Behavioral Plasticity; Differences Among Neighbors

The subject of phenotypic plasticity is a relatively untouched area of biological study. The subject is comprised of a great deal of variables when it come to evolution that make defining the heritability of plasticity difficult. Phenotypic plasticity is the ability for a genotype to produce several phenotypes when the organism is subjected to different environmental factors. One subcategory of phenotypic plasticity involves genes expressing behavioral traits.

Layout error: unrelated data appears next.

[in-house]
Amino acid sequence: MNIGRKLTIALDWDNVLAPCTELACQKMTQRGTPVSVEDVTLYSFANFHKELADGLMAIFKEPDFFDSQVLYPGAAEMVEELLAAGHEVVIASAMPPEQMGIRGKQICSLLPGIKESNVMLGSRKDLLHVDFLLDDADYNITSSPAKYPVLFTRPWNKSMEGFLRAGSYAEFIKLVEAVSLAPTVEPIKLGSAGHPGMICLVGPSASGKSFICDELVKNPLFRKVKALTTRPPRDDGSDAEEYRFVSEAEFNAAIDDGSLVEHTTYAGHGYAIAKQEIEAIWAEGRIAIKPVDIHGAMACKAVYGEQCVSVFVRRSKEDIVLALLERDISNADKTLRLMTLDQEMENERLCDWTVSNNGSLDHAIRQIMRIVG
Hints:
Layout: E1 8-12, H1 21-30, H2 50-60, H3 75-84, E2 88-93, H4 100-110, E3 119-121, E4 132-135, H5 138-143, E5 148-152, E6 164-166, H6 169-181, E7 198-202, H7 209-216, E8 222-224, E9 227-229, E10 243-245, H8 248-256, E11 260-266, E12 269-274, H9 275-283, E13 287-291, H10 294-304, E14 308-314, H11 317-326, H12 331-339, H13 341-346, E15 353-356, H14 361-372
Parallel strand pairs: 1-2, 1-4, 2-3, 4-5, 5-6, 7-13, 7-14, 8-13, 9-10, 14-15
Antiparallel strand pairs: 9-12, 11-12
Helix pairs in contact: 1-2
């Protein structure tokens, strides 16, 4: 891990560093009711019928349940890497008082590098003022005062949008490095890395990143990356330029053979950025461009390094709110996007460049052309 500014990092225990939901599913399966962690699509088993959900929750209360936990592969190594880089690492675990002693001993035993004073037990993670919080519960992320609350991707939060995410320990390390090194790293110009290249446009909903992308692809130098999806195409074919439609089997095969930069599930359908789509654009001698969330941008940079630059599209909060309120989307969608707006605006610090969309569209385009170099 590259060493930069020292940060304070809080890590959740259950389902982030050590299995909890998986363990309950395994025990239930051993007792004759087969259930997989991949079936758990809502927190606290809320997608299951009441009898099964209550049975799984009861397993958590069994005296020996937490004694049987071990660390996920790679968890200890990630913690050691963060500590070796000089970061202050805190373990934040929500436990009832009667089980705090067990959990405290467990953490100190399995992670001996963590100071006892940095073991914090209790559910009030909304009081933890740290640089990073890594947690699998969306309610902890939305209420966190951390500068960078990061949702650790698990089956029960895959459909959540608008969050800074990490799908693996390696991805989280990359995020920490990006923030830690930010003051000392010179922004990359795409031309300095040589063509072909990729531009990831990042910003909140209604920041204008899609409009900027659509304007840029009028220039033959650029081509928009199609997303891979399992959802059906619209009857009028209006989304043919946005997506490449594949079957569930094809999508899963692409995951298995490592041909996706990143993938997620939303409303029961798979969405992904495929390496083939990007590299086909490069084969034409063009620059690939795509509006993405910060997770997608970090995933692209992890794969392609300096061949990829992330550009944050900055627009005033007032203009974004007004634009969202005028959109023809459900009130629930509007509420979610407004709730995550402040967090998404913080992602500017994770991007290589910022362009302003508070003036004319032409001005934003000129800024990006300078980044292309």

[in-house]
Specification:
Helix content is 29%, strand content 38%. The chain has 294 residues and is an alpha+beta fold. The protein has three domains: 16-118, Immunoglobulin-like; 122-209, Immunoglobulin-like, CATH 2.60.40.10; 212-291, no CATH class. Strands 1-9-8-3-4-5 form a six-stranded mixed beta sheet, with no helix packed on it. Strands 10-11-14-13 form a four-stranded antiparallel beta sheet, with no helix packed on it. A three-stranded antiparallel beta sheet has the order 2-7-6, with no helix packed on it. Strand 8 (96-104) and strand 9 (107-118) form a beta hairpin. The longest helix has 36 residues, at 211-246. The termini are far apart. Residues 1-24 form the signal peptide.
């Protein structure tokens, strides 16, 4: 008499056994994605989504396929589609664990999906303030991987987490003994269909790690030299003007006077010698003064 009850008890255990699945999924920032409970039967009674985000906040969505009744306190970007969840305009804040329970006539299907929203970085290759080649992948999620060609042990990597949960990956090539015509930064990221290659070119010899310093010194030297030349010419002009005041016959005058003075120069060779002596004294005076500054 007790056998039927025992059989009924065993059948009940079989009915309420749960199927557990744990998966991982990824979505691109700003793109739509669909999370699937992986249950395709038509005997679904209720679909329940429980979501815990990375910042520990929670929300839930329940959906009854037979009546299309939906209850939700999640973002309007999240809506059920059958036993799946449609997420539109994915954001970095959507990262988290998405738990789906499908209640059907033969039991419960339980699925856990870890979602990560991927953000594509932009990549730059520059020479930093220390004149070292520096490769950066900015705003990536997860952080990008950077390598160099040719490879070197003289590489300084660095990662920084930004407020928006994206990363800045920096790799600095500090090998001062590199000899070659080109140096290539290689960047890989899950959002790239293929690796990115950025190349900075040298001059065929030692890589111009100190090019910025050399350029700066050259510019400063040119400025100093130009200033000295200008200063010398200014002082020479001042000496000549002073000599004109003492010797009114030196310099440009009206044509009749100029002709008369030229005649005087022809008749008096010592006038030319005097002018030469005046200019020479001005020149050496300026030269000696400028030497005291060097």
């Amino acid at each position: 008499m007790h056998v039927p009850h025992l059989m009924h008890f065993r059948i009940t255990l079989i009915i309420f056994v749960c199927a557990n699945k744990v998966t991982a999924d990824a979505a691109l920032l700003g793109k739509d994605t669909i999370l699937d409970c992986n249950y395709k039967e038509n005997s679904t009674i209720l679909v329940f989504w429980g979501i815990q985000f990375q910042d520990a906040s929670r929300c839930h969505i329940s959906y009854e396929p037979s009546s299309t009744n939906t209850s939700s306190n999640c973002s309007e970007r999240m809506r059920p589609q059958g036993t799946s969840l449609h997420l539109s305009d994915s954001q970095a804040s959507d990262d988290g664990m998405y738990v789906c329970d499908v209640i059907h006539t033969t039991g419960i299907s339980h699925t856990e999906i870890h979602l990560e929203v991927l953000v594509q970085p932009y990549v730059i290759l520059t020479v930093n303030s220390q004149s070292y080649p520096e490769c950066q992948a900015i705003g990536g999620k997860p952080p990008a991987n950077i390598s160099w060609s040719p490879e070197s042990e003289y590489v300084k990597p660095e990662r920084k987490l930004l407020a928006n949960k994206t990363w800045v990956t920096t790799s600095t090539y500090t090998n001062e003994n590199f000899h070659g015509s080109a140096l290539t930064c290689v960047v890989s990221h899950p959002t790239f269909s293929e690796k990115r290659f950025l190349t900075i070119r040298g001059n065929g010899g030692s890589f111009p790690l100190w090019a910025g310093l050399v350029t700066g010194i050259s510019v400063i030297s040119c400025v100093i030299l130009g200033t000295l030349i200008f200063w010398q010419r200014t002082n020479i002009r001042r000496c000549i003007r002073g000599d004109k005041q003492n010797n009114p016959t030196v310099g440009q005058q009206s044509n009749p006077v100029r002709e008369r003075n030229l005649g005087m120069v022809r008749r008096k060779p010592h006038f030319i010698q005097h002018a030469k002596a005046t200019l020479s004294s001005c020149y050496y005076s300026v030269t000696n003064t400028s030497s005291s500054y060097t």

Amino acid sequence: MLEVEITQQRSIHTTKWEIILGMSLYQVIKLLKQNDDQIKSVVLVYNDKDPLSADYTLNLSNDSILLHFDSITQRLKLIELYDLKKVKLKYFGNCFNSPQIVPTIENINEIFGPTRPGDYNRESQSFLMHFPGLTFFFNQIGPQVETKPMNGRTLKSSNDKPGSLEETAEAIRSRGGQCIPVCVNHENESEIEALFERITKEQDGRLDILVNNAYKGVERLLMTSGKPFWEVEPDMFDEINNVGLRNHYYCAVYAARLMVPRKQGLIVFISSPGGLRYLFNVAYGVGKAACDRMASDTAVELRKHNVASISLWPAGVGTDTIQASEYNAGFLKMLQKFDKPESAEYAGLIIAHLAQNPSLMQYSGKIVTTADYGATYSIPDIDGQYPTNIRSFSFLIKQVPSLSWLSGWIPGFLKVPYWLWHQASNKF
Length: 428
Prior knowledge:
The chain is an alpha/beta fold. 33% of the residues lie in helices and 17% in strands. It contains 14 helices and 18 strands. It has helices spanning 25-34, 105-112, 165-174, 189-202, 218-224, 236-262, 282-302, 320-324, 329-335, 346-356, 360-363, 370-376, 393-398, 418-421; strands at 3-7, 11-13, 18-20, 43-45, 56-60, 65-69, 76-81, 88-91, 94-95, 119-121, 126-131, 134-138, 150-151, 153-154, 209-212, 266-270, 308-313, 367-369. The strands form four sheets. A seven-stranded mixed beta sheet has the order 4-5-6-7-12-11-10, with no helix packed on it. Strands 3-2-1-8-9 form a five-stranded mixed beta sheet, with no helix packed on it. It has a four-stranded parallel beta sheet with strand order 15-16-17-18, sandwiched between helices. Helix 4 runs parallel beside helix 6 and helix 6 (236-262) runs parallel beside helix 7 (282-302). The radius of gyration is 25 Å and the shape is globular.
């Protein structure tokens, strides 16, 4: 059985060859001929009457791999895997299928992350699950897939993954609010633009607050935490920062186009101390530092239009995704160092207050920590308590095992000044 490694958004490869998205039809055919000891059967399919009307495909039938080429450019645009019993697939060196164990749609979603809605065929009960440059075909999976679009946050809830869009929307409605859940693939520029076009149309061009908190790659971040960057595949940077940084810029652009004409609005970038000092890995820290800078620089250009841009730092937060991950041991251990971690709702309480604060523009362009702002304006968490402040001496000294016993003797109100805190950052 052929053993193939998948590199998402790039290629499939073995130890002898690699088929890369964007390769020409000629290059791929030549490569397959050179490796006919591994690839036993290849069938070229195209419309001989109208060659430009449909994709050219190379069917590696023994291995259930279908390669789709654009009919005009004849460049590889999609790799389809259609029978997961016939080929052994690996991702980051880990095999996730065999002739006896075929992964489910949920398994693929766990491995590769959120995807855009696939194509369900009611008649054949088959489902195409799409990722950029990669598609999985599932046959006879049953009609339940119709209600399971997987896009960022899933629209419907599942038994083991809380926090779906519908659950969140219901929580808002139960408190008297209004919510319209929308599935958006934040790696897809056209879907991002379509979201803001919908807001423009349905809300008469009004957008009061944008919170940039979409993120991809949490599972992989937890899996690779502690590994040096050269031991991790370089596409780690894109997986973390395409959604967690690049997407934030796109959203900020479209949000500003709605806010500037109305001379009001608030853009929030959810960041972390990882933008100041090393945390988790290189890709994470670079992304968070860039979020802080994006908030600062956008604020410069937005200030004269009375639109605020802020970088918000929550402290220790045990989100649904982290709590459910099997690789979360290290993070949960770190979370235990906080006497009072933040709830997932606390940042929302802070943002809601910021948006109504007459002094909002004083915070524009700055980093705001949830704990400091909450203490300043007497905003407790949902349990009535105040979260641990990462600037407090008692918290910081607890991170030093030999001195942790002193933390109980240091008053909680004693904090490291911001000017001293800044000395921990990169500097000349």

Behavioral traits are attributed to a combination of the organisms genes and its environment. Plasticity of a behavioral trait reveals different reaction norms, or a pattern of phenotypic expression, for the organism when exposed to different environmental stimuli. The environment causes either an up or down regulation of behavioral response as cues from the environment change. Individuals in a population can differ in the degree and directionality in which their behavior presents from the same stimuli. Even neighboring organisms of the same species may differ in both aspects. This phenomenon is able to occur because, just as genes can mutate and evolve, so can plasticity. The variation in degree and directionality is also due to the fact plasticiy evolves independenly from the gene which expresses the trait it effects.

 

 

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